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Essential Or Non-Essential? For Some Mass. Businesses, The Definition Is Fluid

Massachusetts Governor Charlie Baker has ordered non-essential businesses in the state to shut their doors because of the coronavirus pandemic. But what is considered “essential” by the state could change.

The definition of an essential business is sometimes obvious, like if a store sells food or toilet paper or medicine.

But if your business is making photocopies or signs?

"Well, that's hard to say," said Carol MacColl, owner of Paradise Copies in Northampton.

On the state website a list is posted— not of every business, but of types of businesses.  

"You have to read through [the list] and see if you fit in or not," MacColl said. "We do work for cities and towns. We do work for other business owners [like] restaurants that are trying to get the word [out] they’re still trying to be open and sell to-go."

MacColl’s shop has been printing takeout menus and signage, she said. They’ve been copying materials for parents who are suddenly educating their children at home (or at least trying to).

Someone from UMass called this week, she said, asking if MacColl's machines could copy and cut patterns for medical masks. 

"So from everything I can come up with, I am thinking that I am an essential business," MacColl said, and she filled out a state application to be designated as such. "If I’m wrong? You know, we want to do the right thing. We want to be here and help if we can. And if someone thinks we should close, we’ll do that, too."

There’s been no response yet from the state, MacColl said. But her advice, if you think you’re an essential business: Stay open until someone tells you otherwise.

Steve Reilly thinks his entire business is essential, but the state doesn’t.

Reilly is a co-owner of Insa, which runs marijuana dispensaries in Easthampton, Springfield and Salem. The state deemed the medical side of his business essential, but not the recreational side.

"We’re obviously taking into consideration a lot of factors — our employees, both their health and also their financial well-being," Reilly said. "Basically, we’ve got to look at our operations and say, 'How do we now run the business with 90% less sales?'"

Reilly said he understands why the governor issued the recent order. Insa is not directly appealing the state’s designation yet, but a trade group it belongs to is criticizing Baker's decision.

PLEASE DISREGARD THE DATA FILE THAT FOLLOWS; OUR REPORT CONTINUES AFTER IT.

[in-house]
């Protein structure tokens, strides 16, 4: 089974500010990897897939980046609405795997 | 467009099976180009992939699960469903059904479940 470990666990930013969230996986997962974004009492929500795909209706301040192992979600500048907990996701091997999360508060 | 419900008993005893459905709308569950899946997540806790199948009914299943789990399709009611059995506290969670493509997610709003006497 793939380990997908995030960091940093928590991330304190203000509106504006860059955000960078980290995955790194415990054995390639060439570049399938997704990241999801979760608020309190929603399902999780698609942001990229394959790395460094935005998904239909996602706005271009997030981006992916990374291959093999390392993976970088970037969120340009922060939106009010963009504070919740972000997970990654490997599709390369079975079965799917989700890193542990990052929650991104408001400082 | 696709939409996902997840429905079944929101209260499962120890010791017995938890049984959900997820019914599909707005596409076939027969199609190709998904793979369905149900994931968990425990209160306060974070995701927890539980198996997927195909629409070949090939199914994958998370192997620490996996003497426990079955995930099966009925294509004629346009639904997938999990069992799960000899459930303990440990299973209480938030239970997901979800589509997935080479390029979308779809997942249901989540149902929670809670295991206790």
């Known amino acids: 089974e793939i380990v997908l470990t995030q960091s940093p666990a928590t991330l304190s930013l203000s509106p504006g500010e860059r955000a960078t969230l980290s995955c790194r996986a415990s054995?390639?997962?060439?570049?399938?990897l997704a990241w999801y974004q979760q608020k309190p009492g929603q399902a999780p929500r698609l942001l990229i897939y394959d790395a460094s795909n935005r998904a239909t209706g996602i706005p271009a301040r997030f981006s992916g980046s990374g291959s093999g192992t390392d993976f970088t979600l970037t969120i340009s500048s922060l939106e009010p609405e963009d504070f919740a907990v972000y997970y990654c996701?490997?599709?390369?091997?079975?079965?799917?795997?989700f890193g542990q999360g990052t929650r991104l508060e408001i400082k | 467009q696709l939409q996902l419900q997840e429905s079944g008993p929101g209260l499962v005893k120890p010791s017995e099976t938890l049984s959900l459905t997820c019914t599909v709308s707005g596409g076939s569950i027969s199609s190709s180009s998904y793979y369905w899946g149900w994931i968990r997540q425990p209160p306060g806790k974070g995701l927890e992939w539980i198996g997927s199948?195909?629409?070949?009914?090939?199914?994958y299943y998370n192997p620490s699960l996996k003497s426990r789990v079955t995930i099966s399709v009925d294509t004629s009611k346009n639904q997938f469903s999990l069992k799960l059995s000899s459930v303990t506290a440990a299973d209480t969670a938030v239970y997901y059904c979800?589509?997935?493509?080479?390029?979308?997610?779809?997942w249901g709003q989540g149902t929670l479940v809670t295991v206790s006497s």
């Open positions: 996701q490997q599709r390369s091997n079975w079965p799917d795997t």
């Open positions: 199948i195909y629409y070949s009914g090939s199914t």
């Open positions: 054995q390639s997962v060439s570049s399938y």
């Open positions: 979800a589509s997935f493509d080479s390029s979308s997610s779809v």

Reilly said he's optimistic the status could change because of the important role marijuana plays in some people's lives.

"I think that a lot of people [who] purchase on the adult use side do it for medical reasons," he said. "Not everyone has a [prescription] card. They do it because it makes their life better, and I think you've seen other industries — alcohol’s a good example — that's been determined to be 'essential.'"

In Massachusetts and other states, package stores are on the list of businesses allowed to stay open under the most recent COVID-19 emergency order.

Since mid-March, the word "essential" has seen an almost 200% spike in the number of online lookups at Merriam-Webster dictionary, whose (currently closed) office is based in Springfield.

There are many reasons people go to a dictionary, said Emily Brewster, a Merriam-Webster lexicographer.

"It seems very clear that the word 'essential' is being put to use in these instructions in how we’re supposed to go about our lives," Brewster said. "And it’s this general word that is being asked to take on a very, narrow specific meaning."

And all those lookups of "essential"? People are really thinking about the shades of meaning, Brewster said.

For many businesses, those shades could mean the difference between staying open and closing up shop.

Jill Kaufman has been a reporter and host at NEPM since 2005. Before that she spent 10 years at WBUR in Boston, producing "The Connection" with Christopher Lydon and on "Morning Edition" reporting and hosting. She's also hosted NHPR's daily talk show "The Exhange" and was an editor at PRX's "The World."
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